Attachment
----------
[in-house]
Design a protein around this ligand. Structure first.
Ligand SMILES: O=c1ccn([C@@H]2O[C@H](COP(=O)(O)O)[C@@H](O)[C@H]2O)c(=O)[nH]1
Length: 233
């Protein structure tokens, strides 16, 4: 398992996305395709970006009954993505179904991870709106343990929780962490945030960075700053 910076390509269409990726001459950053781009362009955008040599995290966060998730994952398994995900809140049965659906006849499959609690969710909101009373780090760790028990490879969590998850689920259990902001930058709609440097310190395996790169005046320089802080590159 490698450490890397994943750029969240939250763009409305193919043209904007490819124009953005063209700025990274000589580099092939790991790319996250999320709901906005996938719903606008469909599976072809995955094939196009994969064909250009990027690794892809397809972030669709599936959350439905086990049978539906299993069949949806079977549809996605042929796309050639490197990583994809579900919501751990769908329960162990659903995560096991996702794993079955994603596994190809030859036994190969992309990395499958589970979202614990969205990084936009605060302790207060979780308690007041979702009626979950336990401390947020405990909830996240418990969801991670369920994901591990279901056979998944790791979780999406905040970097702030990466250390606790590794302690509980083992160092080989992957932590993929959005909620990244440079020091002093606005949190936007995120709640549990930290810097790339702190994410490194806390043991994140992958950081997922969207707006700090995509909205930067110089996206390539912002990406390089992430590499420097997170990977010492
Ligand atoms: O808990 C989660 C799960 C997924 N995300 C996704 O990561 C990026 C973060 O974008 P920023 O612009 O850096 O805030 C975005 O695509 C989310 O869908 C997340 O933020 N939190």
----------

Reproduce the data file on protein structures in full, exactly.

[in-house]
Design a protein around this ligand. Structure first.
Ligand SMILES: O=c1ccn([C@@H]2O[C@H](COP(=O)(O)O)[C@@H](O)[C@H]2O)c(=O)[nH]1
Length: 233
């Protein structure tokens, strides 16, 4: 398992996305395709970006009954993505179904991870709106343990929780962490945030960075700053 910076390509269409990726001459950053781009362009955008040599995290966060998730994952398994995900809140049965659906006849499959609690969710909101009373780090760790028990490879969590998850689920259990902001930058709609440097310190395996790169005046320089802080590159 490698450490890397994943750029969240939250763009409305193919043209904007490819124009953005063209700025990274000589580099092939790991790319996250999320709901906005996938719903606008469909599976072809995955094939196009994969064909250009990027690794892809397809972030669709599936959350439905086990049978539906299993069949949806079977549809996605042929796309050639490197990583994809579900919501751990769908329960162990659903995560096991996702794993079955994603596994190809030859036994190969992309990395499958589970979202614990969205990084936009605060302790207060979780308690007041979702009626979950336990401390947020405990909830996240418990969801991670369920994901591990279901056979998944790791979780999406905040970097702030990466250390606790590794302690509980083992160092080989992957932590993929959005909620990244440079020091002093606005949190936007995120709640549990930290810097790339702190994410490194806390043991994140992958950081997922969207707006700090995509909205930067110089996206390539912002990406390089992430590499420097997170990977010492
Ligand atoms: O808990 C989660 C799960 C997924 N995300 C996704 O990561 C990026 C973060 O974008 P920023 O612009 O850096 O805030 C975005 O695509 C989310 O869908 C997340 O933020 N939190």